The equipment should be bought as early as possible to prevent
disappointment in delivery which is almost certain to follow delay. This
equipment may be ordered through a local dealer or direct from the
manufacturers. The National War Garden Commission publishes a list of
manufacturers which may be had upon application.
Fig. 1. Home-made rack for wash-boiler.
The equipment may be used by the individual members on a schedule
arranged by the committee, or a working force may be appointed to do all the
work, receiving pay in the form of a percentage of the product.
Publicity is important in keeping interest aroused and there should
be a committee to arrange with the local papers for the publication of
information concerning the enterprise. This serves as an incentive to
The National War Garden Commission will send upon application its
pamphlet on Community and Neighborhood Canning and Drying, giving details as
STERILIZATION OF FOOD
The scientist has proved that food decay is caused by
microorganisms, classed as bacteria, yeasts and molds. Success in canning
necessitates the destruction of these organisms. A temperature of 160° to
190° F. will kill yeasts and molds. Bacteria are destroyed at a temperature
of 212° F. held for the proper length of time. The destruction of these
organisms by heat is called sterilization.
Fig. 2. Wash-boiler with rack for jars.
METHODS OF CANNING
There are five principal methods of home canning. These are:
1. Single Period Cold-pack Method.
2. Fractional or Intermittent Sterilization Method.
3. Open Kettle or Hot-pack Method.
4. Cold Water Method.
5. Vacuum Seal Method.
The method recommended for home use is the Single Period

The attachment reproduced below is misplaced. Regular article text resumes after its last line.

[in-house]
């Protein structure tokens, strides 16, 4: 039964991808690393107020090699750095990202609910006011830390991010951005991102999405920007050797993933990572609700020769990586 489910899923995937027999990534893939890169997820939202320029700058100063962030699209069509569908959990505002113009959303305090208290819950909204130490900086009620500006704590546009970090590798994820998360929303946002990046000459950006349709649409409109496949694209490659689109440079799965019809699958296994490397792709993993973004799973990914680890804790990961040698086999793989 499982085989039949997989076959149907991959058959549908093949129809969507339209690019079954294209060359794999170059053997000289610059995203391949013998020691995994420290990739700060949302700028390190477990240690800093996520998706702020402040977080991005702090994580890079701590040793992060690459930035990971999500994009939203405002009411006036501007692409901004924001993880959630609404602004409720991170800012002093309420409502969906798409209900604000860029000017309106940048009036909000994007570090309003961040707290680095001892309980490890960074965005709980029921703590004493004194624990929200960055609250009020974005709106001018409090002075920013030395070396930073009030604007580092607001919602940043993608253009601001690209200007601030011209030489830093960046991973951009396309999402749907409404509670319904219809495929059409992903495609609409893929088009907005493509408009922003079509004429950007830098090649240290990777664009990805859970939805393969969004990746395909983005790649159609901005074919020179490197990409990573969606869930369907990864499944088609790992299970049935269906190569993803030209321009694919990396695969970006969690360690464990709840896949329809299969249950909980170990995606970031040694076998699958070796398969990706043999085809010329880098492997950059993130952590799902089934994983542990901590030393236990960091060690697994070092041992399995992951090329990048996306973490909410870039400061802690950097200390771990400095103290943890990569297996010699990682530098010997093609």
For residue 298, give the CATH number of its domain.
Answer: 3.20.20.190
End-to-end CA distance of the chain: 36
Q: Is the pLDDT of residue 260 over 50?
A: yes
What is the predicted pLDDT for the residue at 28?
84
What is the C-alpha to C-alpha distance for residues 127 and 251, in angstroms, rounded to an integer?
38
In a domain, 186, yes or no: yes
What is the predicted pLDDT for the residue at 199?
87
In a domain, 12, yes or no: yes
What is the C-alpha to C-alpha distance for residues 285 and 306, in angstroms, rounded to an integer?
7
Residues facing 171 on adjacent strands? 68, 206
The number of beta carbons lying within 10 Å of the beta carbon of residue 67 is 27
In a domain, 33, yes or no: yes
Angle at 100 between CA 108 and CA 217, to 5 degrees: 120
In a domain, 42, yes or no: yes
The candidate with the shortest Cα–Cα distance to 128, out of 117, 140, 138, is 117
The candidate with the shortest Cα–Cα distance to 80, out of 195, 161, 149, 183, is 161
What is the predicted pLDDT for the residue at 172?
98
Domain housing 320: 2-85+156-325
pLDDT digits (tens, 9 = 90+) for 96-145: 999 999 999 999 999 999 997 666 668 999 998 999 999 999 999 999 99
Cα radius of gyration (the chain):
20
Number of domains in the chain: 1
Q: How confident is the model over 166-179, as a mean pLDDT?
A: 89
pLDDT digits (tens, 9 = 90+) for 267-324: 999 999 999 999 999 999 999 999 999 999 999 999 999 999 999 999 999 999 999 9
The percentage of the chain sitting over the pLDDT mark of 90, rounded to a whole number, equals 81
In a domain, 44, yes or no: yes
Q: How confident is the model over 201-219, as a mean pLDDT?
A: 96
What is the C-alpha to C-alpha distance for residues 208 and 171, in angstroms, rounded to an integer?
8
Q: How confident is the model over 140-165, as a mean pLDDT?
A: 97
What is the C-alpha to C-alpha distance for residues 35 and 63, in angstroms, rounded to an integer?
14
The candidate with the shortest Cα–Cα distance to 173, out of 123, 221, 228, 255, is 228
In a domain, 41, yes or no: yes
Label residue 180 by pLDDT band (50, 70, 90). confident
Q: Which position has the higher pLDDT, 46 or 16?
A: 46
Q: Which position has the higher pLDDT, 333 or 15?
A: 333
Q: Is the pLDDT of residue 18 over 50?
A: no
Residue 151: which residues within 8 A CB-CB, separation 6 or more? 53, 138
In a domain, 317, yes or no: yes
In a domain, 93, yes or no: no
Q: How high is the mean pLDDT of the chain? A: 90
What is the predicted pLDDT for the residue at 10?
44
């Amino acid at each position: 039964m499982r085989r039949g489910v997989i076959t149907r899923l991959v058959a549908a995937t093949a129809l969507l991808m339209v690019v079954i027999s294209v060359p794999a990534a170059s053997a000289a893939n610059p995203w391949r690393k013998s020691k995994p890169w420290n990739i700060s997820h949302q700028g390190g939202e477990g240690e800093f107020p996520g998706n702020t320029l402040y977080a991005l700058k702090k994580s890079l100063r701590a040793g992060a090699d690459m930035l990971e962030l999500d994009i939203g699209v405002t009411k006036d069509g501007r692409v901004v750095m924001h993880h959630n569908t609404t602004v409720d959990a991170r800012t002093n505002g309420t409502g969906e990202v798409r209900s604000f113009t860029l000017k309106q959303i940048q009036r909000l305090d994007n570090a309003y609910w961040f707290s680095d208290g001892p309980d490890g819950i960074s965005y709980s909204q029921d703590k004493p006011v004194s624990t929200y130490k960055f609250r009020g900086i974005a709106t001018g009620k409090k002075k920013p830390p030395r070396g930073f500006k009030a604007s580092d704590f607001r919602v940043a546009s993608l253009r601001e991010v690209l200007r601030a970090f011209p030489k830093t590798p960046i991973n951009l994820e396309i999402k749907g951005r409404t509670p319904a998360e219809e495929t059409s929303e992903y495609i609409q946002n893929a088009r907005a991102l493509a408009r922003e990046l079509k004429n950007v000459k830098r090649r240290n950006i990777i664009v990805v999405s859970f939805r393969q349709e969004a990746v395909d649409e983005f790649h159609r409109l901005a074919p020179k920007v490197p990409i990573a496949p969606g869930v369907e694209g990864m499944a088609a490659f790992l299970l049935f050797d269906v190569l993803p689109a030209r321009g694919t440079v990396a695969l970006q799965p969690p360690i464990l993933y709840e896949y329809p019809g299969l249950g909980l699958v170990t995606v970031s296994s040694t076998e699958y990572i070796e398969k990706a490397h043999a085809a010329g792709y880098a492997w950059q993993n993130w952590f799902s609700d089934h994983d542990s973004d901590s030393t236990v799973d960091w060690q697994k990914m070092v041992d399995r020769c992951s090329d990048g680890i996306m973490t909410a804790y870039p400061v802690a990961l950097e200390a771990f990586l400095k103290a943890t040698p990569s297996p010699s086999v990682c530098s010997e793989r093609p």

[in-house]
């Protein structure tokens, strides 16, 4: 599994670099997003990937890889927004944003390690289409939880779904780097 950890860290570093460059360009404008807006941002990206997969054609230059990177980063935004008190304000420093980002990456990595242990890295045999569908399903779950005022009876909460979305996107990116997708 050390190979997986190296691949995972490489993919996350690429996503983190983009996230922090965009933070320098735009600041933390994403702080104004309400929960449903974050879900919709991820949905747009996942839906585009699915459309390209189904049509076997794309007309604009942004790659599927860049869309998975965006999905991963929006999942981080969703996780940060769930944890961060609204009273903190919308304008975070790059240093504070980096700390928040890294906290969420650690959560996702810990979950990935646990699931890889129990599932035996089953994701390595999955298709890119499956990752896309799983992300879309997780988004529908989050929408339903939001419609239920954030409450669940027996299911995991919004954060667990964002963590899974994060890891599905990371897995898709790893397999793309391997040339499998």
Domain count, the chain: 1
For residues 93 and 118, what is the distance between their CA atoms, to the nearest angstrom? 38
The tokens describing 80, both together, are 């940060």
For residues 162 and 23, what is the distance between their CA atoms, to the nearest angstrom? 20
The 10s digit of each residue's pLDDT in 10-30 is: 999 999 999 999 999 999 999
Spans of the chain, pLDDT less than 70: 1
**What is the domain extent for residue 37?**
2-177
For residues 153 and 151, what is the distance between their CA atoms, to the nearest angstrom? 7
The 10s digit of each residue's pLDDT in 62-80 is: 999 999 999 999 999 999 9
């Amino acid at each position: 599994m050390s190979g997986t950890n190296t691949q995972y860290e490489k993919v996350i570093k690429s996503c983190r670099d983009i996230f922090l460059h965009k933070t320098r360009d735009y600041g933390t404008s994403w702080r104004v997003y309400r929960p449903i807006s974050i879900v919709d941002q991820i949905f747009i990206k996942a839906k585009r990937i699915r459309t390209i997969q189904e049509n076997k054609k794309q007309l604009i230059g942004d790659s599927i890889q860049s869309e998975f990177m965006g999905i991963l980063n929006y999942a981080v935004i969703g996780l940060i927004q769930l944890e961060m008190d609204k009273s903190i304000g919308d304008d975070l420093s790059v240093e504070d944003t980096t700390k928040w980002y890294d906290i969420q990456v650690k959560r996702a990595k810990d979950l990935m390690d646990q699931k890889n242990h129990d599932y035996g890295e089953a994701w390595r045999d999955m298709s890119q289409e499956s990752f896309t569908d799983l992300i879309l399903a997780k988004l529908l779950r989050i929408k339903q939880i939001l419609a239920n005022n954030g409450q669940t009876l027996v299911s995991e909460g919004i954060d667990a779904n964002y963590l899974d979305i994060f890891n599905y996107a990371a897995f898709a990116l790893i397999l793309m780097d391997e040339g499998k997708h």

Cold-pack method. It is much the best because of its simplicity and
effectiveness, and in this book detailed instructions are given for its use.
The outlines of the various methods are:
1. Single Period Cold-pack Method: The prepared vegetables or
fruits are blanched in boiling water or live steam, then quickly cold-dipped
and packed at once into hot jars, the contents covered with boiling water or
syrup, and the jars partially sealed and sterilized in boiling water o by
steam pressure. The jars are then sealed tight, tested for leaks and stored.
Full details are given on page 7 and the pages following
Fig. 3. A type of commercial canner for hot-water bath, using
wood, coal, charcoal, chips, cobs, or brush.
2. Fractional or Intermittent Sterilization Method: Vegetables are half
sealed in jars and sterilized for 1 hour or more on each of three successive
days. This method is expensive as to time, labor and fuel and discourages
the home canning of vegetables.
3. Open Kettle or Hot-pack Method: Vegetables or fruits are cooked
in an open kettle and packed in jars. There is always danger of spores and
bacteria being introduced on spoons or other utensils while the jars are
being filled. This method should never be used in canning vegetables. Even
with fruits it is not as desirable as the cold-pack.
4. Cold-water Method: Rhubarb, cranberries, gooseberries, and sour
cherries, because of their acidity are often canned by this method. The
fruits are washed, put in sterilized jars, cold water is added to
overflowing, and the jar is then sealed. This method is not always
successful as the acid content varies with ripeness and the locality in
which the fruits are grown.